As other film reviews have pointed out, this omission from the film handicaps the story’s integrity. Tolkien’s great work, his legendarium, and two major novels, masterfully combine his love of language, myth, and Christian theology. Indeed, it is hard to think of a more ambitious work of Christian mythmaking in the history of English literature. The movie strains to do justice to Tolkien’s love of language, and then to connect that to the myths that made him a one-word household name but does not lift a finger to triangulate these with Tolkien’s faith. Tolkien’s mother is charmingly portrayed as conveying to the boys her love of myth, but not her love for Christ, the myth-become-fact. This, together with the movie’s vague intimations of homosexuality in one of the TCBS members (a supposition that seems entirely unfounded), play into all the traditional suspicions conservatives have about Hollywood.
Viewers familiar with Tolkien’s autobiography will, with the opening scenes from the trenches of WW1, be prepared for the direction the film is heading. As Tolkien himself wrote, “To be caught in youth by 1914 was no less hideous an experience than in 1939 and the following years. By 1918 all but one of my close friends were dead.”1 The Battle of Somme killed and injured a million men. The film’s depiction of trench warfare visually evokes the darkest evils of the recent film adaptation of The Lord of the Rings (LOTR). The terrible slaughter of so many, the film suggests, is so great that mere history cannot comprehend it. In one of the film’s few flights of dark fancy, trench warfare transforms into evil incarnate as a wraithlike figure stalks the battlefield like the Witch-king of Angmar. But this enemy is so powerful no man (or woman) is capable of defeating it. As a result, Tolkien’s first fellowship is broken.
However, Tolkien does little to make much of the connection between the evils of war and the need for imagination. We see Tolkien struggle to recover from the war. We hear Fr. Morgan, in his final appearance, say that “modern words” are “useless” to make sense of the loss. Though Fr. Morgan suggests that Christian liturgy is able to speak in the presence of great evil, Tolkien himself (and Tolkien the movie) offers only a glimpse of the power of the poetic imagination to reckon with such destruction. An earlier scene hints at literature as a way of wrestling with war’s toll. If I heard rightly, the lines of Chaucer that Tolkien recites from memory speak of a siege that claimed all the “housbondes” of a town, a common enough occurrence during the Great War, when whole English villages lost their young men to machine guns. The film concludes with the beginnings of The Hobbit, though there is little to show how Tolkien’s work actually wrestled with war, while still making room for real hope in its aftermath.
Indeed, little of Tolkien’s actual writing is present in the movie. No doubt because so much of LOTR and other works by JRRT are now VVIP (very important intellectual property). The knowing viewer will mourn the lack of interaction with the story of Beren and Lúthien. This tale, often reiterated throughout Tolkien’s work, is one of the oldest of his stories (begun during his military service) and was inspired by his own forbidden relationship with Edith. It interweaves themes of hope and despair far more skillfully than the movie that bears the author’s name. The film’s exclusion of explicit reference goes so far that it concludes with a mention that Tolkien and Edith’s graves bear the names of characters from his legendarium, but makes no mention that the names are “Beren” and “Lúthien.”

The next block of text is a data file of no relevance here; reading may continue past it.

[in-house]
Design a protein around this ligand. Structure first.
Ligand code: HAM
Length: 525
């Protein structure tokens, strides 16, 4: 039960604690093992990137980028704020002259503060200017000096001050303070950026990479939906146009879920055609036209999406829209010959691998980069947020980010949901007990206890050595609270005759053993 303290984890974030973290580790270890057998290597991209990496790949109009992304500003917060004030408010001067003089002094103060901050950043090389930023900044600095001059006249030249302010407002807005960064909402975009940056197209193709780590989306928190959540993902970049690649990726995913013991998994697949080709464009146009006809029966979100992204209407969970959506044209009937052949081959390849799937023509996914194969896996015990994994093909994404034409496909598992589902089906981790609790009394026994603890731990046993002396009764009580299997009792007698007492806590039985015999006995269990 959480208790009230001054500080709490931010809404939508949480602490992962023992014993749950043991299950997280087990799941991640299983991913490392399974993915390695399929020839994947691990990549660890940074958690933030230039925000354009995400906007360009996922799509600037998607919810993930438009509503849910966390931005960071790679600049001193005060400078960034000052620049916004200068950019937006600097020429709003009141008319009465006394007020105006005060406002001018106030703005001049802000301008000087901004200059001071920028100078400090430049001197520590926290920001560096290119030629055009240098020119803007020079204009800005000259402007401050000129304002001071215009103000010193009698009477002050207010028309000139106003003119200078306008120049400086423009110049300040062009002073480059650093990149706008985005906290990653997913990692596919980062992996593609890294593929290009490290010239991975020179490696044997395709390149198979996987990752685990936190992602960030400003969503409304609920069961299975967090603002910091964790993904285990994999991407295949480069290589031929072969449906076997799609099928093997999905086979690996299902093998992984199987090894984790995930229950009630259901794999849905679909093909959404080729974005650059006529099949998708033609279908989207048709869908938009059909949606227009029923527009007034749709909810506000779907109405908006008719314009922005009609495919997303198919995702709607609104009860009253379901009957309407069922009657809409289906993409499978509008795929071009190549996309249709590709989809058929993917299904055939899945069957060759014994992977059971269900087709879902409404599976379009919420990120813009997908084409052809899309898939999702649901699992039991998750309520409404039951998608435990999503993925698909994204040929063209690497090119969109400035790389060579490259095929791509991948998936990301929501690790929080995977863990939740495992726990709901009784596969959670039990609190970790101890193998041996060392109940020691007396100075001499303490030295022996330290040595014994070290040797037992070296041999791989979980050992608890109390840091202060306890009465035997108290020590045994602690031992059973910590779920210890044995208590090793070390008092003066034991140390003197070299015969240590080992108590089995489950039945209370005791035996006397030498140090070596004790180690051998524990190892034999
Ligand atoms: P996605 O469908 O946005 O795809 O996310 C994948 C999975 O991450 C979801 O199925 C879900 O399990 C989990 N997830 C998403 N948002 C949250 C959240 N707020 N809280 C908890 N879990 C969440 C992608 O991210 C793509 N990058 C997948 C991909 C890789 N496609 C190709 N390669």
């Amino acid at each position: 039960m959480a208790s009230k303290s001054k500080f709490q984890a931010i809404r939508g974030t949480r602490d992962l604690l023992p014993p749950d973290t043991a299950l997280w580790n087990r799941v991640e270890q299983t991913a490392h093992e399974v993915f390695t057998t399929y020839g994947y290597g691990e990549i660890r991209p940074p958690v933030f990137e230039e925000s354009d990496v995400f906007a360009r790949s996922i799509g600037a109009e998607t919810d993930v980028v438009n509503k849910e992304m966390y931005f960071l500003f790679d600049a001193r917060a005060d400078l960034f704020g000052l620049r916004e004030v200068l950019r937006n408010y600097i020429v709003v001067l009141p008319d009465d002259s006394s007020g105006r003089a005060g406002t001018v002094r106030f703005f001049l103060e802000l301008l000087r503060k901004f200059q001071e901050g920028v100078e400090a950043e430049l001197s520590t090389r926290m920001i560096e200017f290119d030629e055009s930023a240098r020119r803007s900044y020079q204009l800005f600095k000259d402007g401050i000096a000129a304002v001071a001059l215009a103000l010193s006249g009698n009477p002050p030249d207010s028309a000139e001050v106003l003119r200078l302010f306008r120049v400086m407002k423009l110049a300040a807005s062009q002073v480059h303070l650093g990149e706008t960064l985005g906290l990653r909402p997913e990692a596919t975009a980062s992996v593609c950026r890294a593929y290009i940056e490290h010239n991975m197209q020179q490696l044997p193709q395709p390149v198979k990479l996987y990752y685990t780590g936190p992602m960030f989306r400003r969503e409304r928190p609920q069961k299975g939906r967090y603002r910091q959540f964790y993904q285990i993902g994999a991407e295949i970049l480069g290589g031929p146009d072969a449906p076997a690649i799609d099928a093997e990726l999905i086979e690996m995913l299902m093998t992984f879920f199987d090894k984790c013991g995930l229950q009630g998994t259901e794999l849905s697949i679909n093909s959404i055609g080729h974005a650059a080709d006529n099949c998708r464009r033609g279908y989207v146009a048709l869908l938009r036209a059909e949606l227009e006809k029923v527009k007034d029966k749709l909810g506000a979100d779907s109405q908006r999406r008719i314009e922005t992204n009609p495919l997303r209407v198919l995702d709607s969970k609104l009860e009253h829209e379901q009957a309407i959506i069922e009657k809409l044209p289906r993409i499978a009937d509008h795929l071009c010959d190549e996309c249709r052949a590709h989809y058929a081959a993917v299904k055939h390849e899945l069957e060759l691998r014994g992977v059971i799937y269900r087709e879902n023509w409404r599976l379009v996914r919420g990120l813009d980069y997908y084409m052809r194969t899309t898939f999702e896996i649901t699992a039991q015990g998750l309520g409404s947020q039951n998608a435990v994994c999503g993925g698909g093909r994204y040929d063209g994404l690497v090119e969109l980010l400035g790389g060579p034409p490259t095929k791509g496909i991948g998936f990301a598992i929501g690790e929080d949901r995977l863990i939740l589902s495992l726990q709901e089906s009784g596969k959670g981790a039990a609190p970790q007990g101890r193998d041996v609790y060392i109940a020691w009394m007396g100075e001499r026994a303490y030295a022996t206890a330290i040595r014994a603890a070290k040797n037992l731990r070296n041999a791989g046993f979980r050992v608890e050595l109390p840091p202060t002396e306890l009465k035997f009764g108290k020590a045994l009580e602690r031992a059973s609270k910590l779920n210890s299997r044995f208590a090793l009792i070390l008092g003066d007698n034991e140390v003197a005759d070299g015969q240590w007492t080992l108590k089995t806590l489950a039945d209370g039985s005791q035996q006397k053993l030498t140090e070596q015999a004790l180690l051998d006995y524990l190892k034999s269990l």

Here I come close to the sort of quibbling I dislike from experts who pick apart popular films. This omission, much like the omission of a later fellowship of encouraging artists — the Inklings — is probably more than the economic storytelling of a Hollywood film could bear. Perhaps, though, this movie will send a new flock of readers to books like Bandersnatch or Tolkien and the Great War. There they can find a fuller picture of the great man and his great works. Perhaps it’s enough that the film presents a snapshot that invites us to step back and think about Tolkien’s immense accomplishment.
This upside, that such movies generate a fresh round of interest in subjects readers love to discuss, is best not to under-rate. I’ve published essays about The Hobbit because of the cottage industry built around Peter Jackson’s lackluster blockbuster. Further, Tolkien’s work is deeply important for anyone living in our modern, disenchanted age. His work is explicitly aimed at helping us to revisit lost virtues though this lost tales. This movie will invite in new readers. The figure of Tolkien is certainly charming in the film, even if Tolkien is not enchanting. —Philip Tallon
Philip Tallon is an Assistant Professor at Houston Baptist University, where he chairs the apologetics department and teaches great books in the Honors College. He is the author of The Poetics of Evil (OUP, 2011) and an essay in The Hobbit and Philosophy (Wiley, 2012).
- Quoted in John Garth, Tolkien and the Great War: The Threshold of Middle-earth (New York: Houghton Mifflin, 2003), 310.